We proceeded to put the pan of fudge into the freezer so it would harden quickly then cleaned up the mess, covering our tracks. After what seemed like an eternity, we had a whole pound of fudge to consume before my mother came home. We had to get rid of the evidence or face the consequences. It was a hard job, but someone had to do it.
When I look back, I think of how unhealthy it was to eat so much fudge so often. In all fairness to my Dad, on alternate nights we substituted buttered popcorn for the fudge and we always brushed our teeth until our arms could no longer move. Anyway, I'm sure my father justified it because my mother cooked bland, healthy food all the time and this was just a little diversion. So what if we bitch slapped the healthy eating index. I often wonder if my mother was ever suspicious of the excess butter consumption by our family of four.
I can never eat fudge without thinking of my father and how much fun we had and the precision to which we carried it out. Who cares if we went to bed in a sugar induced coma once in a while? In contrast, at the same time our peers were feasting on a dessert of oreos and jello.
The iPod is the best Christmas present I ever received and it has taken me this long to make it my own. After reading Dooce and her blog about music, I realized it was time to load up the iPod that has been sitting in the drawer since December 25. To make a long and boring story short, it dawned on me that I could do it through iTunes without having to upgrade my soon-to-die computer. I spent two days loading all my favorite songs, from when I was in junior high, till the present time. Thanks to Apple, I feel like I am the DJ of my own private radio station. And a damn good one at that!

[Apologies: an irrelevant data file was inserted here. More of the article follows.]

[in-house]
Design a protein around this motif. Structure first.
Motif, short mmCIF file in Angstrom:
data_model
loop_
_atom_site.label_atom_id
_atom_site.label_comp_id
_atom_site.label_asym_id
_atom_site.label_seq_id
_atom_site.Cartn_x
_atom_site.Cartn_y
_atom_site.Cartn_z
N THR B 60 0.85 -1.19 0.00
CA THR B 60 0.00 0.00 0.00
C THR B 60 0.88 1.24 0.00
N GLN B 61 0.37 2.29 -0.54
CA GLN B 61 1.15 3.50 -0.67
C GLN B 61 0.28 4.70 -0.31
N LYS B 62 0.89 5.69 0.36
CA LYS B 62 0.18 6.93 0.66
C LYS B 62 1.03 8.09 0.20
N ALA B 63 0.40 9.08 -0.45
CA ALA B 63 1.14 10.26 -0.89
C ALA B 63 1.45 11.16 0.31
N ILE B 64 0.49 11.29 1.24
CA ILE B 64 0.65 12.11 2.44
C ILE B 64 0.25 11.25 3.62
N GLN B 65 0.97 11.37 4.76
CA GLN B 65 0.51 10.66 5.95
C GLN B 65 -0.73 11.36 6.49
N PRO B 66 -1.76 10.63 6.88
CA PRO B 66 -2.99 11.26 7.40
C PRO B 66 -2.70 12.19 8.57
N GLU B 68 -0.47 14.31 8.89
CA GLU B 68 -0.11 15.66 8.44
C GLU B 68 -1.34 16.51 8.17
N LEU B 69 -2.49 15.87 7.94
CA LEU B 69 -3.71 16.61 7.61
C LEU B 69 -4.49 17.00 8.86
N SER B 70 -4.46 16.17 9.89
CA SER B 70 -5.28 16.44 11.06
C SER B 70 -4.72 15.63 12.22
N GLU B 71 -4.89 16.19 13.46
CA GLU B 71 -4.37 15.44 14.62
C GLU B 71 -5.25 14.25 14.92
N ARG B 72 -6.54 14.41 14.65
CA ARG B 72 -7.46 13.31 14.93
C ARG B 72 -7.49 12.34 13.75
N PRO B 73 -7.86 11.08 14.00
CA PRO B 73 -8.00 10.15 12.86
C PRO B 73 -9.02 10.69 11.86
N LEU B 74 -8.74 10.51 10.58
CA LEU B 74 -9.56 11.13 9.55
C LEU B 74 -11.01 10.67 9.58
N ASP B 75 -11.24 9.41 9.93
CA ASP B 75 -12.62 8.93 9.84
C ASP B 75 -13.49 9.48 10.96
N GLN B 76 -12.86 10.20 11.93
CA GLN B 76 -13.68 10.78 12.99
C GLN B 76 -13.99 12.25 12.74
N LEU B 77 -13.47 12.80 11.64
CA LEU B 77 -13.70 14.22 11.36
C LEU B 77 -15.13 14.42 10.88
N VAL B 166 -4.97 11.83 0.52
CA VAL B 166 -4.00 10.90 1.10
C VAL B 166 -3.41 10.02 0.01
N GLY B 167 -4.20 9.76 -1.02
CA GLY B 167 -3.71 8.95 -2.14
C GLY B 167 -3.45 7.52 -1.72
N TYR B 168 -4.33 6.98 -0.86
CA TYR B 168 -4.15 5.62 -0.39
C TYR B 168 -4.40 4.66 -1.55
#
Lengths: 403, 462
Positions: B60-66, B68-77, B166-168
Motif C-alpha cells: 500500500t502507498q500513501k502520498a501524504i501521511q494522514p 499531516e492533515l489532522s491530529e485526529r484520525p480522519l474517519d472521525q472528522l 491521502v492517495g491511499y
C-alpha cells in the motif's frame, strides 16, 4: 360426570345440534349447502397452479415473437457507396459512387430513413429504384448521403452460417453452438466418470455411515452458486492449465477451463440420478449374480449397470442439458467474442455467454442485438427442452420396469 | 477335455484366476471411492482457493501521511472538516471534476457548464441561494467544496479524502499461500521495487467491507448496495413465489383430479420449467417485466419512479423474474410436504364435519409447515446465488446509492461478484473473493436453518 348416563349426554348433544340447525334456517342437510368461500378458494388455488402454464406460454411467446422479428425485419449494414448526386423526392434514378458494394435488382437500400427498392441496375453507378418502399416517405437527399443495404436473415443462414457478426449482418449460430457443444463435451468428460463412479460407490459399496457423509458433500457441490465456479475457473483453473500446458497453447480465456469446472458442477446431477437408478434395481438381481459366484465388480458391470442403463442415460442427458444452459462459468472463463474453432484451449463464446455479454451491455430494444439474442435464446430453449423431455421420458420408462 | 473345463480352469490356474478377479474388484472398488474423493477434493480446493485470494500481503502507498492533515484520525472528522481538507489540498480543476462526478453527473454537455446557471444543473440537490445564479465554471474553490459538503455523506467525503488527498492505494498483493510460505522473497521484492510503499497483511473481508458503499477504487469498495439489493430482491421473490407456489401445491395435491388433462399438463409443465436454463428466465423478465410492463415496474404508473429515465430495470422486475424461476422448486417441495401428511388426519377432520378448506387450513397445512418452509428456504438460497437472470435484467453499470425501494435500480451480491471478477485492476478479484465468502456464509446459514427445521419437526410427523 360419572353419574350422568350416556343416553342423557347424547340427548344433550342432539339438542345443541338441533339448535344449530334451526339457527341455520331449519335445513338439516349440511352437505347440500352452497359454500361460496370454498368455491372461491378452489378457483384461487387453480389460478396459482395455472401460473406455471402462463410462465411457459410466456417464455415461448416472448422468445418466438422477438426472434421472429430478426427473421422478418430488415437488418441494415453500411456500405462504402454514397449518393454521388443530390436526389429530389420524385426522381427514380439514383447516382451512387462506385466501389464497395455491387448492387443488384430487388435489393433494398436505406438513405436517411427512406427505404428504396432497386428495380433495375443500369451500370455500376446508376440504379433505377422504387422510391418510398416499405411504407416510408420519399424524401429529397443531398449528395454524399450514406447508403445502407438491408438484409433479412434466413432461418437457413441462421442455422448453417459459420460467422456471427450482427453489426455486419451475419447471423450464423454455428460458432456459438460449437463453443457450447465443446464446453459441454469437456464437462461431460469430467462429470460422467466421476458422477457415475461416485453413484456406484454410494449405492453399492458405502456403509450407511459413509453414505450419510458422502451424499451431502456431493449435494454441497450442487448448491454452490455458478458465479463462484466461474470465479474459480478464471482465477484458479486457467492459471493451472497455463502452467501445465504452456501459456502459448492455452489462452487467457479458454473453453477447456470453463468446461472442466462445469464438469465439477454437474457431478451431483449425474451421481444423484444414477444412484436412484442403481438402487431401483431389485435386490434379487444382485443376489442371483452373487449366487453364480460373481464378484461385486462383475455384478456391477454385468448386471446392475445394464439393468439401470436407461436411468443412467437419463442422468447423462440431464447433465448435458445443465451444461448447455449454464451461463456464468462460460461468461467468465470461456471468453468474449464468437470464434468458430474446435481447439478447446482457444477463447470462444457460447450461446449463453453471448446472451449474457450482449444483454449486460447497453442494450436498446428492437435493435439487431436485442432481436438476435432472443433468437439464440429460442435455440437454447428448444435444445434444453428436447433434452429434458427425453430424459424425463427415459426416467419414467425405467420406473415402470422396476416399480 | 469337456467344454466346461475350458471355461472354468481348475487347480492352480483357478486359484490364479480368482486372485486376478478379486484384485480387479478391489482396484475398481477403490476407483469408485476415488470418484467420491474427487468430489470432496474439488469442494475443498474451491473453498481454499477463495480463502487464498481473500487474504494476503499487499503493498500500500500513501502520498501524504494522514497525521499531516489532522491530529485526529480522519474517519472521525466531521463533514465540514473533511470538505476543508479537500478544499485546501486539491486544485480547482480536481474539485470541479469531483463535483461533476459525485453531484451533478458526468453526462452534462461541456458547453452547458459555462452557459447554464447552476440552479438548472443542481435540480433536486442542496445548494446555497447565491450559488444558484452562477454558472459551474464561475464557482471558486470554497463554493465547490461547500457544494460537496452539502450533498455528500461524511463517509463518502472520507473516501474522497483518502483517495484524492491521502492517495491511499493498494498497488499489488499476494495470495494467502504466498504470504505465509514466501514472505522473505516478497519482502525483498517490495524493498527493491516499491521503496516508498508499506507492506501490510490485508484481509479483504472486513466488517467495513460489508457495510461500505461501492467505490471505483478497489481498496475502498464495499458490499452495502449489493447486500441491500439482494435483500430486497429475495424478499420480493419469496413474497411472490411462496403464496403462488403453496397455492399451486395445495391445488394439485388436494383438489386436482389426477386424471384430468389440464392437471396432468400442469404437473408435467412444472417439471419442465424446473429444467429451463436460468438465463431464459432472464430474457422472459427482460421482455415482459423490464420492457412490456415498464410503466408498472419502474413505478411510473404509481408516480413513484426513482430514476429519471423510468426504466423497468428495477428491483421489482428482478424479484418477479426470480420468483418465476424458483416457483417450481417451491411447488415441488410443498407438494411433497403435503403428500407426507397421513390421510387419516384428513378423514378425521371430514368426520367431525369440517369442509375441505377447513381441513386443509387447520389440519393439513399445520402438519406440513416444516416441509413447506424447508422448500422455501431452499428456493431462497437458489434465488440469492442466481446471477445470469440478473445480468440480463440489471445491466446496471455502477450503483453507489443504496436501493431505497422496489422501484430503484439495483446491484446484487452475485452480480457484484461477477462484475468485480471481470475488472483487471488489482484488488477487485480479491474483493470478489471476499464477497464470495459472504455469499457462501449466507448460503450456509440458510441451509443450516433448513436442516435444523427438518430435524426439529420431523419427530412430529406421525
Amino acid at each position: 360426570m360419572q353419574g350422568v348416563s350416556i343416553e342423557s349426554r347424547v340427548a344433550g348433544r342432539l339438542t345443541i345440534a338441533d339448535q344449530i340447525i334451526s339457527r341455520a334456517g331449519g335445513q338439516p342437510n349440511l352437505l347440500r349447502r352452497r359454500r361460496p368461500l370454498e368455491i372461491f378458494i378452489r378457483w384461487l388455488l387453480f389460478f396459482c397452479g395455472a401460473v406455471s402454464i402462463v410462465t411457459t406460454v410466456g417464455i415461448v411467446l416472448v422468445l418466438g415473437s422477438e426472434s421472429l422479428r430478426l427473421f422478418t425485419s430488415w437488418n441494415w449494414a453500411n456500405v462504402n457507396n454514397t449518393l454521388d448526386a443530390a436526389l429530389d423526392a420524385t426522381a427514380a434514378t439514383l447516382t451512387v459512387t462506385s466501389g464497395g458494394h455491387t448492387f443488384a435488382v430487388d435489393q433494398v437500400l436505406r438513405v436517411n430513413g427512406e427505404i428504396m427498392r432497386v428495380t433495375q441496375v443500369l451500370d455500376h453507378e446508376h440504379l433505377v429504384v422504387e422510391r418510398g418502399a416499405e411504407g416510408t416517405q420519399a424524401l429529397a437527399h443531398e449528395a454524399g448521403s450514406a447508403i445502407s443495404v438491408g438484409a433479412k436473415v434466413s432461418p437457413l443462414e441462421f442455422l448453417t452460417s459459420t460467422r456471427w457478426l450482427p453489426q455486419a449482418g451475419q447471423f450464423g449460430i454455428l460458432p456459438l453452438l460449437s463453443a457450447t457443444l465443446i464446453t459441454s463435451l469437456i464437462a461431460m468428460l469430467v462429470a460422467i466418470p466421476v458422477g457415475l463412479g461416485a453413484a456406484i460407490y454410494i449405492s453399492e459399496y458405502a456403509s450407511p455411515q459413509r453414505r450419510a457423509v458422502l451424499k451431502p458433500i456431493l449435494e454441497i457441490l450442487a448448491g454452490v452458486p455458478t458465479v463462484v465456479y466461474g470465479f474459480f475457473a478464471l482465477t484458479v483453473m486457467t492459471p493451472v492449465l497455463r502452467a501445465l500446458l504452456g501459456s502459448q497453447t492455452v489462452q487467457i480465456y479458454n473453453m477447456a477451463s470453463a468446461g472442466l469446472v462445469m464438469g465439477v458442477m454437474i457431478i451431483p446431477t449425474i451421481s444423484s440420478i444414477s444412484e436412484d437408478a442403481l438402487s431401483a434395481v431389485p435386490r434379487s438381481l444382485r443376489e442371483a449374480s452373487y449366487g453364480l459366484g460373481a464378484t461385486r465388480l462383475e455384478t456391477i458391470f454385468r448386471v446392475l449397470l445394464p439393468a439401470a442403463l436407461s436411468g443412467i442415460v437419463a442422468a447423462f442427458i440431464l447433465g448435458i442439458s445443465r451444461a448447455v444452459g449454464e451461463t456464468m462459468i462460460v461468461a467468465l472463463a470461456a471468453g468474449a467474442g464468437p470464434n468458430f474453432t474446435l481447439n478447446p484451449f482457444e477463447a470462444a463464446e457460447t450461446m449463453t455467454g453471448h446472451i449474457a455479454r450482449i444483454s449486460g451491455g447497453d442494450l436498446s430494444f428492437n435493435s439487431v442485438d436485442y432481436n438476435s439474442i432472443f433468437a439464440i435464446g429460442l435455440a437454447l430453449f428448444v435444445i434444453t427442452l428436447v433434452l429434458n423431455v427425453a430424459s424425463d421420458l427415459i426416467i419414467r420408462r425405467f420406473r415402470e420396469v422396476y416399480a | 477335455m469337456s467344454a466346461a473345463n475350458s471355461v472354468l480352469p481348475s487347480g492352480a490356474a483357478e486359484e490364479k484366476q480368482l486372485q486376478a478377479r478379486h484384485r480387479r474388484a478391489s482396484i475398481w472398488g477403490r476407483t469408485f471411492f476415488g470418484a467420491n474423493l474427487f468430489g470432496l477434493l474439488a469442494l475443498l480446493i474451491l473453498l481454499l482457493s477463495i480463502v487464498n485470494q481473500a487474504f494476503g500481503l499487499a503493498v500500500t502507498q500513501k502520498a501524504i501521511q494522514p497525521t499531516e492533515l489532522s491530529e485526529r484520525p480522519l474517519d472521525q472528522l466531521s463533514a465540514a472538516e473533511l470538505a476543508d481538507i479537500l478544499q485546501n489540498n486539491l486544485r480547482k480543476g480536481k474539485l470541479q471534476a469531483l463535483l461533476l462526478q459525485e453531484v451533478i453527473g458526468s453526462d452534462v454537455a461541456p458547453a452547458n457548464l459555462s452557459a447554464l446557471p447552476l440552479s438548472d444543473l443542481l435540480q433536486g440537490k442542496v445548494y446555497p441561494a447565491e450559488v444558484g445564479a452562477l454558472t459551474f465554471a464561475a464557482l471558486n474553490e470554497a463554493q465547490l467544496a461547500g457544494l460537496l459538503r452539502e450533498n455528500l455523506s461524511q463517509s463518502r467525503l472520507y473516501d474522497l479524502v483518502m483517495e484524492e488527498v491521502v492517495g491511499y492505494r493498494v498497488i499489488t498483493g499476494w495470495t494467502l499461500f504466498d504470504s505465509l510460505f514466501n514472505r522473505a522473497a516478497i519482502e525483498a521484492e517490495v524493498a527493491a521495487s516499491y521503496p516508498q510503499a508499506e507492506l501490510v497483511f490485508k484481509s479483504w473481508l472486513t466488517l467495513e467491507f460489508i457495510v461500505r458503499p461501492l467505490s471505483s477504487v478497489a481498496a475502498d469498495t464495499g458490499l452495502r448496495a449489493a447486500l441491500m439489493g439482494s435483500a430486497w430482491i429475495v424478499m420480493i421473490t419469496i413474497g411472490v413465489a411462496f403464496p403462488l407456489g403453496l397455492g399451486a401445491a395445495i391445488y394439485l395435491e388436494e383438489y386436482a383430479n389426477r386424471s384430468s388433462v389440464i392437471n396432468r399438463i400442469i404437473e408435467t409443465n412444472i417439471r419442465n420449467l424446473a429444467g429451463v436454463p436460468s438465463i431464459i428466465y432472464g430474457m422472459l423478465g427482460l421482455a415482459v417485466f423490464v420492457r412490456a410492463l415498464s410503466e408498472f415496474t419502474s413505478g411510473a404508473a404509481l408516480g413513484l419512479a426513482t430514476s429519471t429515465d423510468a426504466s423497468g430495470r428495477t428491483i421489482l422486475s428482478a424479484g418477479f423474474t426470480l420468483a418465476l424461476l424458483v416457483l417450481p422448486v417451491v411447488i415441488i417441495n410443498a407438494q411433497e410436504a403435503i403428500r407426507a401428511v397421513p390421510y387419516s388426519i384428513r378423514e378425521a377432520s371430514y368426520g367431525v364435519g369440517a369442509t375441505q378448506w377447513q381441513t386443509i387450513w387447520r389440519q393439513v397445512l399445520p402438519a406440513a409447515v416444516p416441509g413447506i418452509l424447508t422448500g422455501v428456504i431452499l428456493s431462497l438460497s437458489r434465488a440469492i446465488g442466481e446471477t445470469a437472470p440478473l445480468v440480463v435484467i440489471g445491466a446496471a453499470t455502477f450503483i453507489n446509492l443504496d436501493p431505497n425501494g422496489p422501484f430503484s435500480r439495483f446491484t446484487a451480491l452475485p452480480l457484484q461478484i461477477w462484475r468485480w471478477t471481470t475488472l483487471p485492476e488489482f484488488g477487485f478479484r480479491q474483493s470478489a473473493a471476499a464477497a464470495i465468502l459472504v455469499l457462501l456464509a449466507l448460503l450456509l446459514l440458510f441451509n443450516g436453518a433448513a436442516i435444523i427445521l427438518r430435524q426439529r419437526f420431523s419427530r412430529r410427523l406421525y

I realize how much music means to me and how it can make me feel happy, melancholia, sentimental and invoke memories from the past. Every relationship I was ever in is equated with a certain song. If you are important in my life, you have a designated song. I have a song for everything, from my first drink, to my first xxx use, to the night I lost my virginity.
I think the fact that I am the worst singer on the face of the earth, and could never even remotely carry a tune, causes me to envy people who can sing. I am mesmerized by American Idol and I literally loose a night's sleep when someone looses. I am anxiously awaiting the arrival of Paris Hilton's new CD. There is a void in my life since Brittany choose mother hood over her career.
When I was in college, one of my friends would ask me to sing for her when she was depressed. It never failed that by the time I finished, she had tears running down her face caused by laughing hysterically. In kinder garden, the teacher made me the conductor (silent) of the other kids, because my singing threw everyone off key. That didn't stop me from singing - Barbara Ann, Benny and the Jets, Roxanne to the people I knew who were lucky enough to have a song named after them. It was probably funny the first time.